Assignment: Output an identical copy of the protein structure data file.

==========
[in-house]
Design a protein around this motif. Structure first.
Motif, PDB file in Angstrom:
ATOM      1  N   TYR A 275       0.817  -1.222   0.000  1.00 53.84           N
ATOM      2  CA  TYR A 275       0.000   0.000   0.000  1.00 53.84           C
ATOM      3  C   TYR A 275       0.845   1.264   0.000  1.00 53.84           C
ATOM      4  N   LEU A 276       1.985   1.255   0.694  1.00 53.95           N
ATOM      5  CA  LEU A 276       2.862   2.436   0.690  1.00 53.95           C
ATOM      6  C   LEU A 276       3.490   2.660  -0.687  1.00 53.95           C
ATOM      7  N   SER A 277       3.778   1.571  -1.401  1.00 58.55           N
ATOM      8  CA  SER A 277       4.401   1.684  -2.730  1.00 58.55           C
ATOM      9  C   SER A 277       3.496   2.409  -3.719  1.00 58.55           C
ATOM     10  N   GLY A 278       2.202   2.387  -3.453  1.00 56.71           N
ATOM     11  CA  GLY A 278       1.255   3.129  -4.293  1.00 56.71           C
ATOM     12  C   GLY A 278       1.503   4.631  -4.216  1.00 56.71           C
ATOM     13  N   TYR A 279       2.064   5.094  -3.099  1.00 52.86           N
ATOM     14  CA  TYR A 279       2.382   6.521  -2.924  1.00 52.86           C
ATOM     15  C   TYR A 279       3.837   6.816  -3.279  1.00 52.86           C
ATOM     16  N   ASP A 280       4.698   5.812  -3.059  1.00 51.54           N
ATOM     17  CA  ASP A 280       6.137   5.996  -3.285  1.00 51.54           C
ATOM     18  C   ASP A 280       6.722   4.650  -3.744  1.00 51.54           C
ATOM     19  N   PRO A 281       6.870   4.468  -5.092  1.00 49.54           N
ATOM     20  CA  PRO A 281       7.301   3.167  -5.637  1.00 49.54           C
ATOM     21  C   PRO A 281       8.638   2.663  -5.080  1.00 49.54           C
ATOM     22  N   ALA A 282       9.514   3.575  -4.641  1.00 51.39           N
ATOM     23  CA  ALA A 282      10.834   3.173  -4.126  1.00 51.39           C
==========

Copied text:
[in-house]
Design a protein around this motif. Structure first.
Motif, PDB file in Angstrom:
ATOM      1  N   TYR A 275       0.817  -1.222   0.000  1.00 53.84           N
ATOM      2  CA  TYR A 275       0.000   0.000   0.000  1.00 53.84           C
ATOM      3  C   TYR A 275       0.845   1.264   0.000  1.00 53.84           C
ATOM      4  N   LEU A 276       1.985   1.255   0.694  1.00 53.95           N
ATOM      5  CA  LEU A 276       2.862   2.436   0.690  1.00 53.95           C
ATOM      6  C   LEU A 276       3.490   2.660  -0.687  1.00 53.95           C
ATOM      7  N   SER A 277       3.778   1.571  -1.401  1.00 58.55           N
ATOM      8  CA  SER A 277       4.401   1.684  -2.730  1.00 58.55           C
ATOM      9  C   SER A 277       3.496   2.409  -3.719  1.00 58.55           C
ATOM     10  N   GLY A 278       2.202   2.387  -3.453  1.00 56.71           N
ATOM     11  CA  GLY A 278       1.255   3.129  -4.293  1.00 56.71           C
ATOM     12  C   GLY A 278       1.503   4.631  -4.216  1.00 56.71           C
ATOM     13  N   TYR A 279       2.064   5.094  -3.099  1.00 52.86           N
ATOM     14  CA  TYR A 279       2.382   6.521  -2.924  1.00 52.86           C
ATOM     15  C   TYR A 279       3.837   6.816  -3.279  1.00 52.86           C
ATOM     16  N   ASP A 280       4.698   5.812  -3.059  1.00 51.54           N
ATOM     17  CA  ASP A 280       6.137   5.996  -3.285  1.00 51.54           C
ATOM     18  C   ASP A 280       6.722   4.650  -3.744  1.00 51.54           C
ATOM     19  N   PRO A 281       6.870   4.468  -5.092  1.00 49.54           N
ATOM     20  CA  PRO A 281       7.301   3.167  -5.637  1.00 49.54           C
ATOM     21  C   PRO A 281       8.638   2.663  -5.080  1.00 49.54           C
ATOM     22  N   ALA A 282       9.514   3.575  -4.641  1.00 51.39           N
ATOM     23  CA  ALA A 282      10.834   3.173  -4.126  1.00 51.39           C